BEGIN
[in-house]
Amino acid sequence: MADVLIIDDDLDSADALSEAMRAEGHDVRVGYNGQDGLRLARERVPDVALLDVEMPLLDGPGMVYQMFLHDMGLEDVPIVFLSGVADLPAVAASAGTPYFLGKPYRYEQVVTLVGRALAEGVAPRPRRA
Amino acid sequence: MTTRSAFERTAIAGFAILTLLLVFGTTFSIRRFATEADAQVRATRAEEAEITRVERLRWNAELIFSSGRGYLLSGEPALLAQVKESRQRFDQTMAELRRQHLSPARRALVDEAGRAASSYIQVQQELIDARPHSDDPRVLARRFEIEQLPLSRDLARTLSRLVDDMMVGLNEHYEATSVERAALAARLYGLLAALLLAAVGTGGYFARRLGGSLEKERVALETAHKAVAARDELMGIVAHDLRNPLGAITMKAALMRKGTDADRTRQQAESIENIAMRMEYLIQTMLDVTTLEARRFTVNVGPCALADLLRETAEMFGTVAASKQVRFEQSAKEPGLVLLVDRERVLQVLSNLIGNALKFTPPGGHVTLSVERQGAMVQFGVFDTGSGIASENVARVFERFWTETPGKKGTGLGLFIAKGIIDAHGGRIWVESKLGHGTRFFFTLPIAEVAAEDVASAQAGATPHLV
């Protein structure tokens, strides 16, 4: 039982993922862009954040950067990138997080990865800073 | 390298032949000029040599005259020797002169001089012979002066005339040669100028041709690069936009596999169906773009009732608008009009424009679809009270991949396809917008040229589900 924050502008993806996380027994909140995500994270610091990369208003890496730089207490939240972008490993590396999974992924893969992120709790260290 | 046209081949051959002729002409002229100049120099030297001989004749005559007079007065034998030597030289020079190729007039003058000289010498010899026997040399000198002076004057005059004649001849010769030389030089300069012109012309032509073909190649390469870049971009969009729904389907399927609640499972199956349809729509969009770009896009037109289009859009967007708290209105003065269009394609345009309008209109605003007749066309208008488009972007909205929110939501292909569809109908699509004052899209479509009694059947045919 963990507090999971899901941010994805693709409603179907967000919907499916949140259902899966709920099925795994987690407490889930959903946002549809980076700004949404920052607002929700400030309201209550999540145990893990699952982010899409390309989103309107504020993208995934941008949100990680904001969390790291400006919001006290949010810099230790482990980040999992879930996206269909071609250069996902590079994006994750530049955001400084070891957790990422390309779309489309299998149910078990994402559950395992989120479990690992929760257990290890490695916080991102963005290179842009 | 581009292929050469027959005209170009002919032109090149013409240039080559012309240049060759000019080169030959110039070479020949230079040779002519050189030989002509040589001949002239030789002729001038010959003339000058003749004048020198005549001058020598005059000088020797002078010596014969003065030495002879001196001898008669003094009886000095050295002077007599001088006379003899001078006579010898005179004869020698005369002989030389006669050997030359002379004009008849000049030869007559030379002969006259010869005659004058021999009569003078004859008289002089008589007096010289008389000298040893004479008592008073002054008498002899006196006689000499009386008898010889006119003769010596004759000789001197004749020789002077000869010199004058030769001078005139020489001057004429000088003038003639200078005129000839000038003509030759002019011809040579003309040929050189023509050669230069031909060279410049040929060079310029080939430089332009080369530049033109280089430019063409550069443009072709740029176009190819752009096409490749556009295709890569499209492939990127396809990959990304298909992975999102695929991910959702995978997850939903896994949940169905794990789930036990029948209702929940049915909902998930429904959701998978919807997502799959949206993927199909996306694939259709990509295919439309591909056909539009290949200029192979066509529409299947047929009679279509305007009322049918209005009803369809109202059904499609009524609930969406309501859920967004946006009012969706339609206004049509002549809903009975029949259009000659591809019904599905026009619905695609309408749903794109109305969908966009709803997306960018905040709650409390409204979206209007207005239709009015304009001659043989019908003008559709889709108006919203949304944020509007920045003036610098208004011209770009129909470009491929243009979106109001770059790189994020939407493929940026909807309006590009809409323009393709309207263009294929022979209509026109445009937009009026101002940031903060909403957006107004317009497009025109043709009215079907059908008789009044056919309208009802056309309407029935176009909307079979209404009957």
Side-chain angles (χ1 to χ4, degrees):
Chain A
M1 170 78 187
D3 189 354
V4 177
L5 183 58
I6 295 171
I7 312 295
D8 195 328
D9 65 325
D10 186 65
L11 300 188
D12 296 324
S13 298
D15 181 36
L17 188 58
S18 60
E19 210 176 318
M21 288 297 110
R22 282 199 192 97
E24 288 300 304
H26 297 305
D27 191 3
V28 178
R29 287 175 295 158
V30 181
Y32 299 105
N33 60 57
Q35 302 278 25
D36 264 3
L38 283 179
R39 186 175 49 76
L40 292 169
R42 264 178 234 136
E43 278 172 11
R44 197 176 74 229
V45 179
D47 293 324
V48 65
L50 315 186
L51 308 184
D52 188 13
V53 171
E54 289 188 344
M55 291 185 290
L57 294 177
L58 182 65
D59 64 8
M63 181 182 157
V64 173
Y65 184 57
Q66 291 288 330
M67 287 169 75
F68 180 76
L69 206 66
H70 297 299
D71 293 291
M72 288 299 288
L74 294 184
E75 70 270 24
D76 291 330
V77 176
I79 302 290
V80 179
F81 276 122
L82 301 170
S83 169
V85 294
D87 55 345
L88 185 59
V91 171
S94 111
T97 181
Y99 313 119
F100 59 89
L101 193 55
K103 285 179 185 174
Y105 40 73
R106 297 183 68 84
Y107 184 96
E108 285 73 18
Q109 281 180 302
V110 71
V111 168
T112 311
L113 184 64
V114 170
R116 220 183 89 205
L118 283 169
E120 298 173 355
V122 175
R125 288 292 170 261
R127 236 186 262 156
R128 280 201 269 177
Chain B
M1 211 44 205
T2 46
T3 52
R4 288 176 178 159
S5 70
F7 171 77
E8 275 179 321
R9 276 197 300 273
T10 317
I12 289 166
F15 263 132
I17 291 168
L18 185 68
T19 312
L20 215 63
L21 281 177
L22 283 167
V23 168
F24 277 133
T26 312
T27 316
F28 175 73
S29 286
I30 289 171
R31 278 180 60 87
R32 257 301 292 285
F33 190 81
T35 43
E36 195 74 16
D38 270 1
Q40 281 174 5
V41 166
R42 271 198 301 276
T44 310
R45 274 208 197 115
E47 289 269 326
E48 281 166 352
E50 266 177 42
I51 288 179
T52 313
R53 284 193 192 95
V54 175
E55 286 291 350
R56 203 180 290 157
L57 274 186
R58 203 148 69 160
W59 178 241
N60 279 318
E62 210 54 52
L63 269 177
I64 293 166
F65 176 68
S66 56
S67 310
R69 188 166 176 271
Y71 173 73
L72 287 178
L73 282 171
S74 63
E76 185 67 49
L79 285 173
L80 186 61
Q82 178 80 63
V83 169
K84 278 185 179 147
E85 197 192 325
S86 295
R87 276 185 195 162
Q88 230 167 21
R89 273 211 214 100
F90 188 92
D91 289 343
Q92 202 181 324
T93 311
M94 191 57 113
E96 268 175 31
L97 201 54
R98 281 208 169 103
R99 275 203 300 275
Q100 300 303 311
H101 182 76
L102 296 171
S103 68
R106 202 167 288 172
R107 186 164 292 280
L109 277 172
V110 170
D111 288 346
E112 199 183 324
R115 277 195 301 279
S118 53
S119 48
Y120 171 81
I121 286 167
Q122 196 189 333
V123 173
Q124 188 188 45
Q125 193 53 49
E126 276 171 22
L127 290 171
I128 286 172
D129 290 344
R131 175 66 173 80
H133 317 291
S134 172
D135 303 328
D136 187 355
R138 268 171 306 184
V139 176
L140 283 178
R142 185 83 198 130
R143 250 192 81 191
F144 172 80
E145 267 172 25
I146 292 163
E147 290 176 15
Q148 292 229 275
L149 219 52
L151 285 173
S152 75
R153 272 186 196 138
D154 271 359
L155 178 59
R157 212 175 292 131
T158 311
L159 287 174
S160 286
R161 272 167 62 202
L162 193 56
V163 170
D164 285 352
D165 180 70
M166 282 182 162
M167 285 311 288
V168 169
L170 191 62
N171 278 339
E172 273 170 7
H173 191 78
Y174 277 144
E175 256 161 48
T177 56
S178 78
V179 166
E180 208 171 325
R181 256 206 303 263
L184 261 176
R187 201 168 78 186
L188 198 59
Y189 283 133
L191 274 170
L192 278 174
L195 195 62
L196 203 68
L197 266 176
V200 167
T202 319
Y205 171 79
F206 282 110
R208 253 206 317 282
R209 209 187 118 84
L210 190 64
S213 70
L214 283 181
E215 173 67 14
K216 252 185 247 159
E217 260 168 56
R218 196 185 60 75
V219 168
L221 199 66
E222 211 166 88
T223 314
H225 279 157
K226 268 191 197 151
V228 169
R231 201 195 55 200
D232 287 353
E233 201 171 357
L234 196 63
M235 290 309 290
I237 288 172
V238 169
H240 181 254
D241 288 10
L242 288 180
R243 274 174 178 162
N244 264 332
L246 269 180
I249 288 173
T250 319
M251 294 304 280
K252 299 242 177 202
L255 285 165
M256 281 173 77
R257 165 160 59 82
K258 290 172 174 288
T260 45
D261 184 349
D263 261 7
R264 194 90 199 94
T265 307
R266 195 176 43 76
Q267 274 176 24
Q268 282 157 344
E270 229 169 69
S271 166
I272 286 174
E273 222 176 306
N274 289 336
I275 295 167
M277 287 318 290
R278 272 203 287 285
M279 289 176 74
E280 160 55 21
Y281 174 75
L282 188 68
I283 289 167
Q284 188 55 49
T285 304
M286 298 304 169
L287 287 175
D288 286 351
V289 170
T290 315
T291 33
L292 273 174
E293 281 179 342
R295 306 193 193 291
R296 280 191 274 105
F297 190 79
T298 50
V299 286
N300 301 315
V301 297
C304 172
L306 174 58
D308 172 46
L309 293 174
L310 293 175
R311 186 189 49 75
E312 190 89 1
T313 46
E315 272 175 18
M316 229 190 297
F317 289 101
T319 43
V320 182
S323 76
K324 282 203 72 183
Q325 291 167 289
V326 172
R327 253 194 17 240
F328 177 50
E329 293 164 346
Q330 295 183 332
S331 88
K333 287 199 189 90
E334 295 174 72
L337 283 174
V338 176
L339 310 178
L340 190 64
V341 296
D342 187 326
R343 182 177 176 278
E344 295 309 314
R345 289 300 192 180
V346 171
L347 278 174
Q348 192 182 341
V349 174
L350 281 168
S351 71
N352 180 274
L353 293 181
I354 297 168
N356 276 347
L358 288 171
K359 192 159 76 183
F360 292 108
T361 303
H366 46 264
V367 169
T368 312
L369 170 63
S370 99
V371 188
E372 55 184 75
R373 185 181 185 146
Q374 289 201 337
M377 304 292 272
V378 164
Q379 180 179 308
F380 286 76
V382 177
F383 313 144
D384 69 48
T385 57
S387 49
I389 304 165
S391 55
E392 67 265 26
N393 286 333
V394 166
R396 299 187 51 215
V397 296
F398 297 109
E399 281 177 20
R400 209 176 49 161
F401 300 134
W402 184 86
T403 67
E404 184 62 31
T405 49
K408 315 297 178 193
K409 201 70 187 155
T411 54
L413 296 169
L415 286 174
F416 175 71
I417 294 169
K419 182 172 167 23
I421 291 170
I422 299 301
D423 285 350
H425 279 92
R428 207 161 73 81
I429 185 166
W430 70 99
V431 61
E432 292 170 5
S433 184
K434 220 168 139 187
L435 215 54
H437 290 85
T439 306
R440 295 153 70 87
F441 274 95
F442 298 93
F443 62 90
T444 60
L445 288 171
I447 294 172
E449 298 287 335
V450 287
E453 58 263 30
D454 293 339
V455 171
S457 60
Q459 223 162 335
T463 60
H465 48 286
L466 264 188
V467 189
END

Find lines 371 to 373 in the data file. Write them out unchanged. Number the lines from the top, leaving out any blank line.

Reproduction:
L350 281 168
S351 71
N352 180 274